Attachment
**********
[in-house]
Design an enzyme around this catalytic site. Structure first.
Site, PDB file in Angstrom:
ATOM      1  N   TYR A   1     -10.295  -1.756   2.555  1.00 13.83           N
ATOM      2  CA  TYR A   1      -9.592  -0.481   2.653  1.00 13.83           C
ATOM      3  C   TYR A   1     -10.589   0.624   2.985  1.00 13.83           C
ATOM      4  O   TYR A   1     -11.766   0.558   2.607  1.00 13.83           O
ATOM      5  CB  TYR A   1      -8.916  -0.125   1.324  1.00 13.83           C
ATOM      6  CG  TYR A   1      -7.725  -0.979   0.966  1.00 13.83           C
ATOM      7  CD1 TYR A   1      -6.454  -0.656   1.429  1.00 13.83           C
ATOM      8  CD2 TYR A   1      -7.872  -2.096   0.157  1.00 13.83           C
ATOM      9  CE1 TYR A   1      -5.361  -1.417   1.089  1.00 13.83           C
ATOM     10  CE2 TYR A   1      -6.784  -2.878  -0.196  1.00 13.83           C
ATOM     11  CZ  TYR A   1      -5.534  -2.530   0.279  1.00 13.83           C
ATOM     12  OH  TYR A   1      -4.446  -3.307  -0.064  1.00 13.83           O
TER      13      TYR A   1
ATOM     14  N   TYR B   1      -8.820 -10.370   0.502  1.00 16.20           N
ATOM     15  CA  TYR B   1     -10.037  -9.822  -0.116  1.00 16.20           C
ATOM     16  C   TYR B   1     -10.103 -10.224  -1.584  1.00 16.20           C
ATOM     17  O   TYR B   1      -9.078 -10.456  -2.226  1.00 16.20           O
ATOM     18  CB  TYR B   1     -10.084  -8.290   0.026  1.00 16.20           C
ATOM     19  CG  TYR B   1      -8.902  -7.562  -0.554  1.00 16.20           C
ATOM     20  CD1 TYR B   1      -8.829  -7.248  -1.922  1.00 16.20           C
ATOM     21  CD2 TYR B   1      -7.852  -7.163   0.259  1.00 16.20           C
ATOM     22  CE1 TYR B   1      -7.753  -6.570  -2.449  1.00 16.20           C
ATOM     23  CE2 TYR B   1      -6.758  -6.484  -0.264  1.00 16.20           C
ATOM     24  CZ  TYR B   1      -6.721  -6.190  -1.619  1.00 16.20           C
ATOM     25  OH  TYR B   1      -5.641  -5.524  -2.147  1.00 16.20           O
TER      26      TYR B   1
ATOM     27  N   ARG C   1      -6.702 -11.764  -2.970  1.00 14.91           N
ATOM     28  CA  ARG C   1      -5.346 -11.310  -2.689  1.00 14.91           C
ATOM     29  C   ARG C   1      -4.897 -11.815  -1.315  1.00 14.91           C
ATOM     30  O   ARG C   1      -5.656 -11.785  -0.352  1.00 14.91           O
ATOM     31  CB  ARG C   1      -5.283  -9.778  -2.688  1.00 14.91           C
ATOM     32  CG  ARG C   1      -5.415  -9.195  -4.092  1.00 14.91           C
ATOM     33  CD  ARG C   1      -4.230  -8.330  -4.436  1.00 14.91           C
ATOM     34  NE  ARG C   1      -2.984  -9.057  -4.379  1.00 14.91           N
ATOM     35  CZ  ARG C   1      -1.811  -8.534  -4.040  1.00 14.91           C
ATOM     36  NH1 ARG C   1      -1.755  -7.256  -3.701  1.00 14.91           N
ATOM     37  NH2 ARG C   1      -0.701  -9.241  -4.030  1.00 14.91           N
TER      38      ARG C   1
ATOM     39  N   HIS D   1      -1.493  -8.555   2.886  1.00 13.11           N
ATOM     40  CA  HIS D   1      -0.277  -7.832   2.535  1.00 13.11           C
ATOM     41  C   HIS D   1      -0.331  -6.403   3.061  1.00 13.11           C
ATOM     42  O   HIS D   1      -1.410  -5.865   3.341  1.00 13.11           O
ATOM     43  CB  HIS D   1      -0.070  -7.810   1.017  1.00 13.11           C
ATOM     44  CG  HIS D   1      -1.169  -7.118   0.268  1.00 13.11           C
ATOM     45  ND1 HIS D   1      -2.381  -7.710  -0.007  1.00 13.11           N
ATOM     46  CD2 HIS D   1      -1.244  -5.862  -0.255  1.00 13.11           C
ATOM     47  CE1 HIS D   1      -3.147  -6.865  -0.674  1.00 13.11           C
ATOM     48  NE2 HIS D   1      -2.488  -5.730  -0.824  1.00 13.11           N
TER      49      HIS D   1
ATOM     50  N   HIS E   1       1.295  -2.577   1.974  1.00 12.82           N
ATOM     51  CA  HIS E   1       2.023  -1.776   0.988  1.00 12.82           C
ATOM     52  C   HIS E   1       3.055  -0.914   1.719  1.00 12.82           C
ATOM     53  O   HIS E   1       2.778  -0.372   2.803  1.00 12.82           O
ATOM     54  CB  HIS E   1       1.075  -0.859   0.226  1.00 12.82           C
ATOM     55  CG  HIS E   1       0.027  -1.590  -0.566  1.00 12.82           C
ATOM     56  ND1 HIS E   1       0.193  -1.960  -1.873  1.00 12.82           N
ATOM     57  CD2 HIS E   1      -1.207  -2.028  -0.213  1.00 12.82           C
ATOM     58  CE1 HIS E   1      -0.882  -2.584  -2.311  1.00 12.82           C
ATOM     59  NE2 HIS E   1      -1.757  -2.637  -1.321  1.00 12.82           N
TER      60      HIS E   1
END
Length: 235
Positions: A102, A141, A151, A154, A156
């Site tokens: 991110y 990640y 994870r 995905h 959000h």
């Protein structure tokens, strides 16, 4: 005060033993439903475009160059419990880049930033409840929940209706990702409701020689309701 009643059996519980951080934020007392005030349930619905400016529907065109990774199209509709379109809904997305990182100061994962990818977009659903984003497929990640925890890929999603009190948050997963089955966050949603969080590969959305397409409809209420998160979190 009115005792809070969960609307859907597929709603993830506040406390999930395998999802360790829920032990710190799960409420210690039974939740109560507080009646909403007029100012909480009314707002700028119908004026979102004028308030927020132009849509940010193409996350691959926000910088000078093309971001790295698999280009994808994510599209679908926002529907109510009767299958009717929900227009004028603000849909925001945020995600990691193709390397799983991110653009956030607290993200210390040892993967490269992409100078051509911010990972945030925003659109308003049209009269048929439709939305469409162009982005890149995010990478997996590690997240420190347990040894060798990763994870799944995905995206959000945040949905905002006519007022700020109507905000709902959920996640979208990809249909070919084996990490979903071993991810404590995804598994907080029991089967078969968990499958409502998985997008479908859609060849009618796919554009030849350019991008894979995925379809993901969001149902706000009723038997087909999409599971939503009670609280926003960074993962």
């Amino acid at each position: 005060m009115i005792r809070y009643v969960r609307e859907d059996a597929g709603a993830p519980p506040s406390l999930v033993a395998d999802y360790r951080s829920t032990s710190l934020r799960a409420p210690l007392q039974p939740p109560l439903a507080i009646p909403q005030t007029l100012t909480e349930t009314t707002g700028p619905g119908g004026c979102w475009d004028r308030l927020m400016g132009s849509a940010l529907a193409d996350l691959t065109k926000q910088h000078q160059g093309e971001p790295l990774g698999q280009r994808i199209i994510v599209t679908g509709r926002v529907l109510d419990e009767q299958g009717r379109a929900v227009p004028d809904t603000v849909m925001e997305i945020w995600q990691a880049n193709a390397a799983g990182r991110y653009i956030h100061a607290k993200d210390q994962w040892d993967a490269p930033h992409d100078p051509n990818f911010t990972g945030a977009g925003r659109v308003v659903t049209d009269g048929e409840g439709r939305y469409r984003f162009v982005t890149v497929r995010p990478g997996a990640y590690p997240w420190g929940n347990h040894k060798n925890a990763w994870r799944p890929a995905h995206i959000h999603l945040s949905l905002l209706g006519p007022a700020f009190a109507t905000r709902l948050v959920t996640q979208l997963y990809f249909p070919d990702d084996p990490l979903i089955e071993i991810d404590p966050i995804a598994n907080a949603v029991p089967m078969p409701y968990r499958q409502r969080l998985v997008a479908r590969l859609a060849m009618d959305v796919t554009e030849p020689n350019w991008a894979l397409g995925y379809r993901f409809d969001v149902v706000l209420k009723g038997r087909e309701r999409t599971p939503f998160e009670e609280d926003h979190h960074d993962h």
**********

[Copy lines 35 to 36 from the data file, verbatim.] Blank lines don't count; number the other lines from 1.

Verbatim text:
ATOM     32  CG  ARG C   1      -5.415  -9.195  -4.092  1.00 14.91           C
ATOM     33  CD  ARG C   1      -4.230  -8.330  -4.436  1.00 14.91           C